It is ironic that would-be scientists insist on seeing new discoveries and work printed in peer-review literature because they really have no understanding what they are asking. Pioneers have no peers and certainly no peer publications to publish their work. When Bruno suggested that the earth revolved around the sun, he was put to death by his peers. Galileo was threatened with torture by his peers for suggesting the same thing.  …. Peer review is actually political review, designed to determine whether the work alienates the monopoly…Are non-astronauts peers of astronauts? Are non-presidents peers of presidents? Are non-pioneers peers of pioneers? I say. No. Pioneers have no peers except other pioneers. The emphasis on peer review should be secondary to results in the field. It is in the field that farmers, gardeners, and landscape “doctors” are either made or broken.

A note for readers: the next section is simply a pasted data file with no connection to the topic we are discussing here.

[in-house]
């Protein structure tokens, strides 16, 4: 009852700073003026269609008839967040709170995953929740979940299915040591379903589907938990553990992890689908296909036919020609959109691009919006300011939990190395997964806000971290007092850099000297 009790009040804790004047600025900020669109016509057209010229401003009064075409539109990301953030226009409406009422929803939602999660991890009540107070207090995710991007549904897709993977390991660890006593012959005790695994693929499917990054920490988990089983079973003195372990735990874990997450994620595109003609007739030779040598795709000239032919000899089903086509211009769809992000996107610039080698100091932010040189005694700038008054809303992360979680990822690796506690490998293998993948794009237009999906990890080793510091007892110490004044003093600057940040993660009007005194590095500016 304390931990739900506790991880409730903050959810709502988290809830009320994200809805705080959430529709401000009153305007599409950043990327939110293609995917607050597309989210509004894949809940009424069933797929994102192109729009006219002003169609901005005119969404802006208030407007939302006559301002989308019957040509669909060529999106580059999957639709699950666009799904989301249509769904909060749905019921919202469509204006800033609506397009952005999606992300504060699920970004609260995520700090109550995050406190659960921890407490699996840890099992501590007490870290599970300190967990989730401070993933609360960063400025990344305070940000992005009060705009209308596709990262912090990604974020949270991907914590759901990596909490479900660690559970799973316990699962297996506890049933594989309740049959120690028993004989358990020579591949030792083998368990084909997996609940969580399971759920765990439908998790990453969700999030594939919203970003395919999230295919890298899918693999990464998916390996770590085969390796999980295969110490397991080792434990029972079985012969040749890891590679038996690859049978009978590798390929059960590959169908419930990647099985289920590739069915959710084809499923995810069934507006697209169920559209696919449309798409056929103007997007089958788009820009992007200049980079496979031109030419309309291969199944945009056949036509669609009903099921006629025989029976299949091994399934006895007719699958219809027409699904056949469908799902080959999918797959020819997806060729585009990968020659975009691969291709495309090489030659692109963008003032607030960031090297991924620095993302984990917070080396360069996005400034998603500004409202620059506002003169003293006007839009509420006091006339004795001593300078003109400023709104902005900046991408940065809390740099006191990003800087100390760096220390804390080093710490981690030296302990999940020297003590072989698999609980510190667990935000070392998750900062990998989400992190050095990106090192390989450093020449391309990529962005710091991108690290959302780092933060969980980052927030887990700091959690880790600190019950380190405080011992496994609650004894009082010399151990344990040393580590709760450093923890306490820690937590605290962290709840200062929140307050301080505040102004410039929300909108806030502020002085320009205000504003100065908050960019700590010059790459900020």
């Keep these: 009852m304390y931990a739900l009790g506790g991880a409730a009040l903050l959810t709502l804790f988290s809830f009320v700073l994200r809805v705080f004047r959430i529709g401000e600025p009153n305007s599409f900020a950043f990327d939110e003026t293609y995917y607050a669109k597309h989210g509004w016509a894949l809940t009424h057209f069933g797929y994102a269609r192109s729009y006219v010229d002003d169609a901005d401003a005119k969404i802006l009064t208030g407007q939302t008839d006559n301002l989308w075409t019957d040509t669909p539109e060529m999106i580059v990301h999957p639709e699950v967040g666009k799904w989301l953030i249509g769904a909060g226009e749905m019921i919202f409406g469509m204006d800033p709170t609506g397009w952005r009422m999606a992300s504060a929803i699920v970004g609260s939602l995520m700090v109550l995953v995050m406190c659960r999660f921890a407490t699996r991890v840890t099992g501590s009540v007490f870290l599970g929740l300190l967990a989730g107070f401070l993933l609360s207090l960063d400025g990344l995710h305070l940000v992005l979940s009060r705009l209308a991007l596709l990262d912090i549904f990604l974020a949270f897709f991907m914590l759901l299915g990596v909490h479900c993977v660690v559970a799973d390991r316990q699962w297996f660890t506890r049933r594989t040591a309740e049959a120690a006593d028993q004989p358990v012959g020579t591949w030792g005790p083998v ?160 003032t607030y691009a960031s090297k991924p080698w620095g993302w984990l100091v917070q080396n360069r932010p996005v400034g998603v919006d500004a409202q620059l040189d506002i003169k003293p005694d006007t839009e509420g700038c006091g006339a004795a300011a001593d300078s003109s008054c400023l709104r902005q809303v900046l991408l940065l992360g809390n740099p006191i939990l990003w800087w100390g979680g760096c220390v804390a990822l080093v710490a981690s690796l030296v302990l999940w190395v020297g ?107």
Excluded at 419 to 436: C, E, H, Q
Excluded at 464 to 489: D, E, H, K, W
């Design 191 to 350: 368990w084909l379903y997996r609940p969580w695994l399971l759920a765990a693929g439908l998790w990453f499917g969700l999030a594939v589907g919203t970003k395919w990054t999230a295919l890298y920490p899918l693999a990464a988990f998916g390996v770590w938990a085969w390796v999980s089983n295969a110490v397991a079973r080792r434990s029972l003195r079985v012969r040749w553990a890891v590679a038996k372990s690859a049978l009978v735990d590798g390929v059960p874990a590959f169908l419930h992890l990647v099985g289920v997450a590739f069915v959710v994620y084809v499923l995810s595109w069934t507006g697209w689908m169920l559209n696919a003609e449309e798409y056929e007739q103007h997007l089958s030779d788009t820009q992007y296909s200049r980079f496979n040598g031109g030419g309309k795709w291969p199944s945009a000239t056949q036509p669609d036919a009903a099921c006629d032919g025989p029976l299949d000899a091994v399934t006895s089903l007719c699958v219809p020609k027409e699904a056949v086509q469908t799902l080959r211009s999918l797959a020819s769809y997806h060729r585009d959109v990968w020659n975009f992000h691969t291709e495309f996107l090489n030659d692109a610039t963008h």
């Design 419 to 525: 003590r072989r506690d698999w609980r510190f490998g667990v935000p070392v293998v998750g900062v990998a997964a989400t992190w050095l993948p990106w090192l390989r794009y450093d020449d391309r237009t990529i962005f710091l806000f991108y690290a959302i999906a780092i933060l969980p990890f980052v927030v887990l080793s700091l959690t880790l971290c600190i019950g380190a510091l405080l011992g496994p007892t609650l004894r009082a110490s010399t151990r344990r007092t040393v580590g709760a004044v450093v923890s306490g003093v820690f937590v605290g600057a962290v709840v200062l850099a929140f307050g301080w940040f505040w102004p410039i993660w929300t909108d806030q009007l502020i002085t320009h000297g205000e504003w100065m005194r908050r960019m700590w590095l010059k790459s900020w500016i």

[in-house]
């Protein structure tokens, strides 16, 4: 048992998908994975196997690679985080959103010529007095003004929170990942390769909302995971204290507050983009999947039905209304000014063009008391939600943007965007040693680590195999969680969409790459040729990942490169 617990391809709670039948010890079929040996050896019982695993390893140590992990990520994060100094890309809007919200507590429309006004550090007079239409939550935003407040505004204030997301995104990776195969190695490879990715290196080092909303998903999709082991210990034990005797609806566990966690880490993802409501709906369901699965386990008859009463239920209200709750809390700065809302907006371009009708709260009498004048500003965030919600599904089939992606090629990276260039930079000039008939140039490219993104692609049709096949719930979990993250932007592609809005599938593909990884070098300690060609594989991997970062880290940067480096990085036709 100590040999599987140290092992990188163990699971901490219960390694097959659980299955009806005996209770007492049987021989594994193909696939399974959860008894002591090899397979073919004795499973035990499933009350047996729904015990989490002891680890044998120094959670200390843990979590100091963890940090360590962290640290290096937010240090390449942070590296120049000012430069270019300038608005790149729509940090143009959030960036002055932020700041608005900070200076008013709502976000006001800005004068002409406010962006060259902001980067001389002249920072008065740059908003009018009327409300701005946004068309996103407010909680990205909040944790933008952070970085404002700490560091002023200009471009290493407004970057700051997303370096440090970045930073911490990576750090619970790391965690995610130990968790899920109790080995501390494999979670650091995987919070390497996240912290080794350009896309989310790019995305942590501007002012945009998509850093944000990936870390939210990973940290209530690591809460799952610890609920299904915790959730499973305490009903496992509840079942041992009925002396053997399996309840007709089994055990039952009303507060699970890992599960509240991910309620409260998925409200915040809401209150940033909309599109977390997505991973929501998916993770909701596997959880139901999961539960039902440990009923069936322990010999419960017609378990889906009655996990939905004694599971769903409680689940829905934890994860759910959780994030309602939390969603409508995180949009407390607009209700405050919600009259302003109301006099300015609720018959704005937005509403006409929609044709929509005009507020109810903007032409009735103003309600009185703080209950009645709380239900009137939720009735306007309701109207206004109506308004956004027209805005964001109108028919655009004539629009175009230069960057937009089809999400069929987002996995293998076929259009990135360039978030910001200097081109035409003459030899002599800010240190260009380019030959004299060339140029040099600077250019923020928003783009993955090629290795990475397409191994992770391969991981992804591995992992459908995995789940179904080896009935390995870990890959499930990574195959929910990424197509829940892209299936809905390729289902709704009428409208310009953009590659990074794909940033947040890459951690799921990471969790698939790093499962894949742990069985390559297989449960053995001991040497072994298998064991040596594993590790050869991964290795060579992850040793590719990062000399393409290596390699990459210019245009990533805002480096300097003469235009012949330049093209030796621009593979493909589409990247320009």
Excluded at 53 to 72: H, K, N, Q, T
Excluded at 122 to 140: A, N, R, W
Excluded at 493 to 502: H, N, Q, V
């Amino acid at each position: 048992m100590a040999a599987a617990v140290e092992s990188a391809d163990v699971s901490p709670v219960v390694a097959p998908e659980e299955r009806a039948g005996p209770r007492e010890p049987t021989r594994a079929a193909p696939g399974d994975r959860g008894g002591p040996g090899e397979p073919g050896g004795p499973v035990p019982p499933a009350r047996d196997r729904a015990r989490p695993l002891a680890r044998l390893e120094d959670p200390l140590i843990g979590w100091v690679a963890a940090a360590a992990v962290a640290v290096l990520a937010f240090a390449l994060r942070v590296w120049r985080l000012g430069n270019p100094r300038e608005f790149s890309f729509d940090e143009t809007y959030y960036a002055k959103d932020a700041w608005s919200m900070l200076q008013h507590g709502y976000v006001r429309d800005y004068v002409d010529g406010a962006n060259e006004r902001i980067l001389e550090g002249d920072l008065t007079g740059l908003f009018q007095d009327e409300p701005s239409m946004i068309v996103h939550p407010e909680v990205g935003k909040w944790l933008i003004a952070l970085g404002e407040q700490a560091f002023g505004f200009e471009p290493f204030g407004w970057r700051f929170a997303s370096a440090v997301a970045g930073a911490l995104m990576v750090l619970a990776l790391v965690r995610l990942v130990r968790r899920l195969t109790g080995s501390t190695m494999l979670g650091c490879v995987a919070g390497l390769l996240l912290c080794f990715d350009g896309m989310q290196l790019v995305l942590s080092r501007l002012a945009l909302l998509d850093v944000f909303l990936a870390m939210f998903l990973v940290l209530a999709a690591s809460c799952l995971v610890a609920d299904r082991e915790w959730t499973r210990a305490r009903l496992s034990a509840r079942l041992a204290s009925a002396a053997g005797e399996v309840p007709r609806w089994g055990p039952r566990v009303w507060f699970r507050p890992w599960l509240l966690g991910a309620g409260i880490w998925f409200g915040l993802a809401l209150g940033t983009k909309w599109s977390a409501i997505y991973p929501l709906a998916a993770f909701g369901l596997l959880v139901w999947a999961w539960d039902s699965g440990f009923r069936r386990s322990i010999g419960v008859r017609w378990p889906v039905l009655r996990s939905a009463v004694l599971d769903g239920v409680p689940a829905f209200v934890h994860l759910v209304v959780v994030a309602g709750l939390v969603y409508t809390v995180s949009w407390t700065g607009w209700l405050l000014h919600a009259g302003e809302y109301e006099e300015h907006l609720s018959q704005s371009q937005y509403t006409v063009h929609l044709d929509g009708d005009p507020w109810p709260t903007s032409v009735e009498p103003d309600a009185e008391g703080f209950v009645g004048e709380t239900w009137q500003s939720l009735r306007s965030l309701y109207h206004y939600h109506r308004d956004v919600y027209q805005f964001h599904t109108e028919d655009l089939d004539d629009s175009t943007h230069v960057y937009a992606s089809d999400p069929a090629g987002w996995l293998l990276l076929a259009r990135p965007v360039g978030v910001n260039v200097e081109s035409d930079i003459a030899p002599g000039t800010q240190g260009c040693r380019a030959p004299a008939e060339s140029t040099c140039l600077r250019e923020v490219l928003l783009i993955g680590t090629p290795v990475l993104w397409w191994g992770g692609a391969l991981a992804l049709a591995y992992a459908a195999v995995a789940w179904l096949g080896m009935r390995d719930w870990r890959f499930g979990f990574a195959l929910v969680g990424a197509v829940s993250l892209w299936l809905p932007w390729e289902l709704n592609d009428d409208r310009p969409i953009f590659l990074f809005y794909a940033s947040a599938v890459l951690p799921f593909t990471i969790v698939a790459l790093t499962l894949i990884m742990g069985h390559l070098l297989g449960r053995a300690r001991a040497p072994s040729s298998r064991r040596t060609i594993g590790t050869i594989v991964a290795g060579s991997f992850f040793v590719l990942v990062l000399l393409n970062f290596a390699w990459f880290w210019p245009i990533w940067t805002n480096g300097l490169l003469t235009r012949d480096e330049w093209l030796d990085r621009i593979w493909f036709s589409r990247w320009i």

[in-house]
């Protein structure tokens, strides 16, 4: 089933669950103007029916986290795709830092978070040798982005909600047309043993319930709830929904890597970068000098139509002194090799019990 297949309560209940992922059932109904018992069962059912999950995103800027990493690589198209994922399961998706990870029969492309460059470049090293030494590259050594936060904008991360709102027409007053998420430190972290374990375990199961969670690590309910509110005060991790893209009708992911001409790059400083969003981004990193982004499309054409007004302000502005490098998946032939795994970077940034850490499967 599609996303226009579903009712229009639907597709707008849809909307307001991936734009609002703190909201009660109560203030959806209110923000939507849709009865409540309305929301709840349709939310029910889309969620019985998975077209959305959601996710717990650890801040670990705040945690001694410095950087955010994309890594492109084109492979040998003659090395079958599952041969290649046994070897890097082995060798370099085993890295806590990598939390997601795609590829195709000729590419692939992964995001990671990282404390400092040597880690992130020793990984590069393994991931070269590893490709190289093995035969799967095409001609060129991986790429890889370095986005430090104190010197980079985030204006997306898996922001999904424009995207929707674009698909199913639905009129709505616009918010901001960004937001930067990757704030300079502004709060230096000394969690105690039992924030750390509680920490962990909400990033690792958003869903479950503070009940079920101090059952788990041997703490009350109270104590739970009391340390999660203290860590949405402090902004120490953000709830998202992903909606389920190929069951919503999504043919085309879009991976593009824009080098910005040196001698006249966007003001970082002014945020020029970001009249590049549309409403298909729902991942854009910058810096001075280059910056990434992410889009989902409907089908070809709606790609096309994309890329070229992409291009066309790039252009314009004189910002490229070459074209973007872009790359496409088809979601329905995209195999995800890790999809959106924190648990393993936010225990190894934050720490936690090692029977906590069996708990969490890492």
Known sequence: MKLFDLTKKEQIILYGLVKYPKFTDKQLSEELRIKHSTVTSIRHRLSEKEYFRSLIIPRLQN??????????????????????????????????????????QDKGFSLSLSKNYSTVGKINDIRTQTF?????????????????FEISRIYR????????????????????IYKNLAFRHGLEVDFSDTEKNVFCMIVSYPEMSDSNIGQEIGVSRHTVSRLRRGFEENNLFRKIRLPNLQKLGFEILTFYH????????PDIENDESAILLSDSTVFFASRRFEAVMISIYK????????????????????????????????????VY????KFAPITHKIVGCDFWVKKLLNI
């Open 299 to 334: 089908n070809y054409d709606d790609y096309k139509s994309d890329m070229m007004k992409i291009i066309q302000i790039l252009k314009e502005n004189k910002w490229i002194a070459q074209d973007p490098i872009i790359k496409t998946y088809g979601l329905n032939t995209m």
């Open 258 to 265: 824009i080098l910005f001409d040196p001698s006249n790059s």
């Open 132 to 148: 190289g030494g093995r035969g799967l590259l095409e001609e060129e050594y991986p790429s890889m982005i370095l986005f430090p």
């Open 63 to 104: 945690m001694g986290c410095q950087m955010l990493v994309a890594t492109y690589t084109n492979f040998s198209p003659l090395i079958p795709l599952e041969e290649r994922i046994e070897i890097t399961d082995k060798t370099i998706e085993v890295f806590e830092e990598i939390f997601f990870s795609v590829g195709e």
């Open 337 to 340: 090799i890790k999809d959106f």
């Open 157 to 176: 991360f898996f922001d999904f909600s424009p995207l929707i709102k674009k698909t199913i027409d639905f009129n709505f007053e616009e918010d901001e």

The only part of this passage I really agree with is the last sentence. Like shopkeepers, farmers have no fundamental need for scientific evaluation of their practice because the criteria for judging results in the field (or the shop) rest in their own hands. Unlike the work that scientists do that absolutely requires external validation (let’s call it peer review), the only validation a gardener or a farmer really needs is their own – “this works for me” (hence the usefulness of farmers being their own scientists to check as best they can that it does actually work for them).